-Static variable initializers, constant and class constant initializers, and static property initializers are evaluated once per requestFor constants the evaluation occurs when they are declared, for other cases evaluation is lazy and the exact time of evaluation is not specified.+New expressions continue to not be supported in (static and non-static) property initializers and class constant initializers. The reasons for this are twofold:
-Currentlyall initializers in a class (and its parents) are evaluated together on the first use of the class that may require evaluated initializers (e.g. object instantiationclass constant access or static property access)However, this is not guaranteed behavior, and code should not rely on a specific point of evaluation.+For non-static property initializersthe initializer expression needs to be evaluated on each object creation. There are currently two places where this could happen: As part of object creationand as part of the constructor callDoing this as part of object creation can create issues for unserialization and any other process that is based on ''newInstanceWithoutConstructor()'' and does not want to implicitly execute potential side-effects.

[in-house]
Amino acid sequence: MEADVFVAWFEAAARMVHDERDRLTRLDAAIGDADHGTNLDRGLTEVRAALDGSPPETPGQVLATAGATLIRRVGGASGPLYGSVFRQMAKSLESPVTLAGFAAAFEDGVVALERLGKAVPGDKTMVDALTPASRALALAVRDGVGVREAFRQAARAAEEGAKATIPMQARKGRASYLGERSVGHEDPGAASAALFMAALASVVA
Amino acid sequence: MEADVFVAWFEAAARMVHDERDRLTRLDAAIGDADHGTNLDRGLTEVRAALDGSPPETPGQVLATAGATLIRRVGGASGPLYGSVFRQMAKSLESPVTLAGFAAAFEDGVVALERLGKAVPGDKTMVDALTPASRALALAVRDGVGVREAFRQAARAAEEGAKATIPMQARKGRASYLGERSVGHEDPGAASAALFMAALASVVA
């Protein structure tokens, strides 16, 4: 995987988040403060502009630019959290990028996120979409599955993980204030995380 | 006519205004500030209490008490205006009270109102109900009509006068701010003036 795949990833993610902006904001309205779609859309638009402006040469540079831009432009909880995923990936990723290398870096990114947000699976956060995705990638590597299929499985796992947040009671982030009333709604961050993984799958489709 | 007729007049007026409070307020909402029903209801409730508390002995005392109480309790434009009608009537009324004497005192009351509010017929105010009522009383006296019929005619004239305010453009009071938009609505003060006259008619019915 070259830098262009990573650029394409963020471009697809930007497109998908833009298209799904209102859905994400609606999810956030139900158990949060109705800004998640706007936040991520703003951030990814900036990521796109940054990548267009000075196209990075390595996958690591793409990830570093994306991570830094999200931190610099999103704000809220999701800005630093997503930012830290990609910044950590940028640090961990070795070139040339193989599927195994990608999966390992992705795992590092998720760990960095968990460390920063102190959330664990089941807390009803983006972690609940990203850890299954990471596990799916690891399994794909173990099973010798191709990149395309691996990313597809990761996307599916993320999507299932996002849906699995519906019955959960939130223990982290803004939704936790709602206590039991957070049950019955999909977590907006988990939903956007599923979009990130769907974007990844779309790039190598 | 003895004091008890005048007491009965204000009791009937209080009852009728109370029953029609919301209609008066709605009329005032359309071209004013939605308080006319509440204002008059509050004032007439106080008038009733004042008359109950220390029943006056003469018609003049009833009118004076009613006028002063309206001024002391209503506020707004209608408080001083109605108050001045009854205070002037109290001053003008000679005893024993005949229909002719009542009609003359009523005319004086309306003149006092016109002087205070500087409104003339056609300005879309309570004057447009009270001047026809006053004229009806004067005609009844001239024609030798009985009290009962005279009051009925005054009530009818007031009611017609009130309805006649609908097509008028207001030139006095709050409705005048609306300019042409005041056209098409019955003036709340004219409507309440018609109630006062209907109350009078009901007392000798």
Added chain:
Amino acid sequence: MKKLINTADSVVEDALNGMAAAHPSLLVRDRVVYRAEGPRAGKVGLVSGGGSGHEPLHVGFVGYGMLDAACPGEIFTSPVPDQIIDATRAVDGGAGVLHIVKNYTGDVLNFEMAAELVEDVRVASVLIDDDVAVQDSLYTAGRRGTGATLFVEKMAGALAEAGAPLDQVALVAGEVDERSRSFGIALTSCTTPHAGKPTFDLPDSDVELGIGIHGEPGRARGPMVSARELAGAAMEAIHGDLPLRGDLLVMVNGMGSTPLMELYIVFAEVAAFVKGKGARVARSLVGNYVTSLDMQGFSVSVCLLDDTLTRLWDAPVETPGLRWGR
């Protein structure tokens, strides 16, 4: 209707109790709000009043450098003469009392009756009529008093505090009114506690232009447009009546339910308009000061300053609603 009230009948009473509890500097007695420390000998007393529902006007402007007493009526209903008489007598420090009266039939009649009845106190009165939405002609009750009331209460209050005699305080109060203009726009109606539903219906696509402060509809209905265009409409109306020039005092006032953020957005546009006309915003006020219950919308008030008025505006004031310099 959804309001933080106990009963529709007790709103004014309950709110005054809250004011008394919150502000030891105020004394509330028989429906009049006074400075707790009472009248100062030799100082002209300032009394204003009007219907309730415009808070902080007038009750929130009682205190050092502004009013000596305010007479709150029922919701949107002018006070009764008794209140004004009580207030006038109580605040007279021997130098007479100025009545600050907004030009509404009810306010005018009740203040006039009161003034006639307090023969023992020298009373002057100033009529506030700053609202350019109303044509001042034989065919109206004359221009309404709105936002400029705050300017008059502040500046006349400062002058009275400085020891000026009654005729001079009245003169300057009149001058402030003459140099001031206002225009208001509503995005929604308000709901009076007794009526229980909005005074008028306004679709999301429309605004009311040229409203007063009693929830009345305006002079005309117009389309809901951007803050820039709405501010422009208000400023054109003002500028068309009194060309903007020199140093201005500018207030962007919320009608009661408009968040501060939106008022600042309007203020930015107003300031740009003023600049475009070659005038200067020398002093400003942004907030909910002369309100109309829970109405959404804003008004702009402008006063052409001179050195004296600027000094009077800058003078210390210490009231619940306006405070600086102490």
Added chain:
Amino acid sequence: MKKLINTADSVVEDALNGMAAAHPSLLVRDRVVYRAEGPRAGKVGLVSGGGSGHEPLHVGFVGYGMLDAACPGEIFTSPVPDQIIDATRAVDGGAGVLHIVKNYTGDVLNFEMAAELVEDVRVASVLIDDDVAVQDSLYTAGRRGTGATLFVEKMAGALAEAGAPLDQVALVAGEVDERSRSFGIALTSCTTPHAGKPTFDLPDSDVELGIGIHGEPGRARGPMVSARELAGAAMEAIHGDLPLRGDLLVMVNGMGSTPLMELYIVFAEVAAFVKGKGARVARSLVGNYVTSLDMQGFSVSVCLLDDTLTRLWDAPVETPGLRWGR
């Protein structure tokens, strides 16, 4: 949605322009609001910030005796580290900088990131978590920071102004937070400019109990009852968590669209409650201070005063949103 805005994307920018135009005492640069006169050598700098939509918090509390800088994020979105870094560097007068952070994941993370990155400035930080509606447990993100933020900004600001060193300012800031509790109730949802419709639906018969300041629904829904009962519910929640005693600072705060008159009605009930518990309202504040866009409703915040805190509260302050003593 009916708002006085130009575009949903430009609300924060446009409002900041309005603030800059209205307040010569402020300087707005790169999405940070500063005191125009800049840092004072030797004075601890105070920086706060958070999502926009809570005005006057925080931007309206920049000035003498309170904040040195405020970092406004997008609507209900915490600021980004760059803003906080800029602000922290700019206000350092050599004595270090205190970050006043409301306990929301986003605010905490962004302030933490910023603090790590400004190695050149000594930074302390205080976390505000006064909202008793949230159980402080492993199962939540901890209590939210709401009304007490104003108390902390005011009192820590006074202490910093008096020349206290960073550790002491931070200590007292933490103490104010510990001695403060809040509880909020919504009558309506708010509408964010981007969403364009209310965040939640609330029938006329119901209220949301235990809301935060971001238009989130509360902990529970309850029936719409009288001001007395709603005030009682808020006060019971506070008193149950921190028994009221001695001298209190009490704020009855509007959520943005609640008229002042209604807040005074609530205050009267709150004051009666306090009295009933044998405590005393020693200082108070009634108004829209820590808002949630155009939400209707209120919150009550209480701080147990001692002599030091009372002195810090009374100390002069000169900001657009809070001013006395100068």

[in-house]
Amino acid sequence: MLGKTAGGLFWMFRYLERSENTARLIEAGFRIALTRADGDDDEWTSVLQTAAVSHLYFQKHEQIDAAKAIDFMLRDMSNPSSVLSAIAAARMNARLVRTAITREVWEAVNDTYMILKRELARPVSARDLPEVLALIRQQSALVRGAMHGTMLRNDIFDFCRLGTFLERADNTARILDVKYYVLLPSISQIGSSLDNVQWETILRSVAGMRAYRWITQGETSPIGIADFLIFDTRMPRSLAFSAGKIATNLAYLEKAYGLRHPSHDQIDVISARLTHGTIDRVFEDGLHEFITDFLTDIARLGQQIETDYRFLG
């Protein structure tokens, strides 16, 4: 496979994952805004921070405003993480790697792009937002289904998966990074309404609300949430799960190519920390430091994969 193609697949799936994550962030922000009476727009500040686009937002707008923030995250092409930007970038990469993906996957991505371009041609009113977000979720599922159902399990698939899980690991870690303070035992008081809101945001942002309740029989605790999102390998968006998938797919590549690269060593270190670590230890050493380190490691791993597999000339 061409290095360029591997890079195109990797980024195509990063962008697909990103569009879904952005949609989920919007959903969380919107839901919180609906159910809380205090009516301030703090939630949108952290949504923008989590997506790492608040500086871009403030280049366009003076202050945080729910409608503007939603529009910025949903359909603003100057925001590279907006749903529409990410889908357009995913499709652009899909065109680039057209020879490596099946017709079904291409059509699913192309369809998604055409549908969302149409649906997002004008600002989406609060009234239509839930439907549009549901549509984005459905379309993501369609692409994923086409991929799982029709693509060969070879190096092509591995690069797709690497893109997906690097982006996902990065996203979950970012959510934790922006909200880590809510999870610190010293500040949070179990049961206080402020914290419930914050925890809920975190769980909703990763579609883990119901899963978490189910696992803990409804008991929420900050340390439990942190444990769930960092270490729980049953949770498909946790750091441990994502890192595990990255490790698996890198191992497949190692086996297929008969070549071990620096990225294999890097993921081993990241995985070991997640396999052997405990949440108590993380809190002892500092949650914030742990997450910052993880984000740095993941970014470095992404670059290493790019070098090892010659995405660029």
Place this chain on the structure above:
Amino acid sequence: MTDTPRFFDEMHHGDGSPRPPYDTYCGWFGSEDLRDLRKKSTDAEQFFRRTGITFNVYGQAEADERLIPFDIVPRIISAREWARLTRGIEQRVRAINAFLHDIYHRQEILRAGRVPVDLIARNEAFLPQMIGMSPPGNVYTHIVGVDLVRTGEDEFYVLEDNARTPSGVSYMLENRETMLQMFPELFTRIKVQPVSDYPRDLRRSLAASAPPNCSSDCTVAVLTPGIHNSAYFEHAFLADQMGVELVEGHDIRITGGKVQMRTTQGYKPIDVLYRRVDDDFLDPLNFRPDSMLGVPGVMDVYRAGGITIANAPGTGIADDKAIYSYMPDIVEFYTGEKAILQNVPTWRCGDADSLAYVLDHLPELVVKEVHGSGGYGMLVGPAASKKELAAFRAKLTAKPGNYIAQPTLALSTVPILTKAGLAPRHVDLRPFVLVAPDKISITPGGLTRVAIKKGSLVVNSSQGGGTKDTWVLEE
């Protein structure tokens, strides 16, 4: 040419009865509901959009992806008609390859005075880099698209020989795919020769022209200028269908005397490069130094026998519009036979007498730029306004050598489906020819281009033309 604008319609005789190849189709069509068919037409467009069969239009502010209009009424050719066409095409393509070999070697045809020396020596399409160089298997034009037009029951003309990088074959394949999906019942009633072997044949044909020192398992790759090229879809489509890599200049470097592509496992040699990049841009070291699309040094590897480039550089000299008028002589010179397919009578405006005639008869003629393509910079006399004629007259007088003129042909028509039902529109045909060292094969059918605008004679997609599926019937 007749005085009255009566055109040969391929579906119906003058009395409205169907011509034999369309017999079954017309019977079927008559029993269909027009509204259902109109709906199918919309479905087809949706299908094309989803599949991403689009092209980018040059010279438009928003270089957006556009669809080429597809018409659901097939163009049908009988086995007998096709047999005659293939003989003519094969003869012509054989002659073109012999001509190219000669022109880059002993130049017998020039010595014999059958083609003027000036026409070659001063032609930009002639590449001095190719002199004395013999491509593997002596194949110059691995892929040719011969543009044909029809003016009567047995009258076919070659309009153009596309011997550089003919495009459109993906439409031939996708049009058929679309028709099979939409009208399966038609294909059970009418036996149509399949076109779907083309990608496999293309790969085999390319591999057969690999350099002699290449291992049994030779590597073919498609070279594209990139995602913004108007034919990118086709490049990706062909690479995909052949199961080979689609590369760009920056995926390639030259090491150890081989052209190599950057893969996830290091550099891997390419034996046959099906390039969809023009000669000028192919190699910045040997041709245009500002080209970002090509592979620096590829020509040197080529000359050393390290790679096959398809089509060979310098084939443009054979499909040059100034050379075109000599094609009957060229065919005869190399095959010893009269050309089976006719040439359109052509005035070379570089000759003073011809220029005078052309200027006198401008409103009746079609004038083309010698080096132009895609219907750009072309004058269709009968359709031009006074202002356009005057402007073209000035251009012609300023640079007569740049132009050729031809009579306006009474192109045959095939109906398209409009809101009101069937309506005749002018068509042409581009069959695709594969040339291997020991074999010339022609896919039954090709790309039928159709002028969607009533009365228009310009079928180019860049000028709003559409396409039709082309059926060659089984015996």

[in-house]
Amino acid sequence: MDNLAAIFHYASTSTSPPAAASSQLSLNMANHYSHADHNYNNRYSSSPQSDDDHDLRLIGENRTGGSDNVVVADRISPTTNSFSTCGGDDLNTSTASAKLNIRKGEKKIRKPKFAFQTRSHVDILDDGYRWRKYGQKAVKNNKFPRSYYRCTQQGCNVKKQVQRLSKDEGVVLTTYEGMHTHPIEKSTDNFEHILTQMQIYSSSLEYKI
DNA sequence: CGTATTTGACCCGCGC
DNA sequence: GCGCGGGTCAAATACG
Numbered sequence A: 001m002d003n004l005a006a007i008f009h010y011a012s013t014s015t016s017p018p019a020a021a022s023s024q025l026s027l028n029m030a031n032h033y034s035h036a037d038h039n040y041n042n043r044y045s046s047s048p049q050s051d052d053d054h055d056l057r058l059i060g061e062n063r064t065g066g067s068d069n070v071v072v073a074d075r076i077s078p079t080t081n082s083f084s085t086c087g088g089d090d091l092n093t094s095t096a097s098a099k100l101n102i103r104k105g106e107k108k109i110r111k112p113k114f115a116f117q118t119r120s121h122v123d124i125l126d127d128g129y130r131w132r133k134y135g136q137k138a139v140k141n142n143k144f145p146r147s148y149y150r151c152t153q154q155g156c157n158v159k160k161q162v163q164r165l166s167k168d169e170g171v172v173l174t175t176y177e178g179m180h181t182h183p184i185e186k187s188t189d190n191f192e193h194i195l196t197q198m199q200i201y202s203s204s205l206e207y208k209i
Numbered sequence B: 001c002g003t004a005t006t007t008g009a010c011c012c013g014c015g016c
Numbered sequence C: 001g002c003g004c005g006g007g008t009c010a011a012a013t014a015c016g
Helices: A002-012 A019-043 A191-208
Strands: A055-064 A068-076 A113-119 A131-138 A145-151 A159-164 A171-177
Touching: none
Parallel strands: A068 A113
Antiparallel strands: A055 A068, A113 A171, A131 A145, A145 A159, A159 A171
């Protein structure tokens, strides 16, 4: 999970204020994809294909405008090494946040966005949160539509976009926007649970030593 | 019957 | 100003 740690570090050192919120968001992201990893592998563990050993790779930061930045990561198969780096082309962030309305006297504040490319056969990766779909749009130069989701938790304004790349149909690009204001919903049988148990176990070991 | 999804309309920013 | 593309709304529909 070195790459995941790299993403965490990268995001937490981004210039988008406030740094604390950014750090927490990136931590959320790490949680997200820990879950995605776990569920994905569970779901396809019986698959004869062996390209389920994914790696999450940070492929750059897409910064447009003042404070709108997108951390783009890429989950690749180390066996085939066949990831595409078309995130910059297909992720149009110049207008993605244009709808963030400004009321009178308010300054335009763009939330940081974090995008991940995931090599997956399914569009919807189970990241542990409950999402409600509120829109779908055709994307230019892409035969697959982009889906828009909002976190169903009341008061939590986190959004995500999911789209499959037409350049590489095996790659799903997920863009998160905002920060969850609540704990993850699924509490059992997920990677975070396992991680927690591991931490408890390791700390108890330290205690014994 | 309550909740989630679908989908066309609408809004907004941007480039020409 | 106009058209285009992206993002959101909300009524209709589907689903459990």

-For non-static property default values, parameter default values and attribute arguments, evaluation happens as-if the expression is evaluated on each object instantiationeach function call, or each attribute instantiation respectivelyAny side-effects are observable for each evaluation.+Performing the initialization by injecting code in the constructor avoids the issuebut requires that constructor to actually be calledIn particular, this would necessitate generating constructors for classes that do not explicitly declare them, and the disciplined invocation of such constructors from potential child constructors. The third option would be to introduce an additional initialization phase between creation and construction.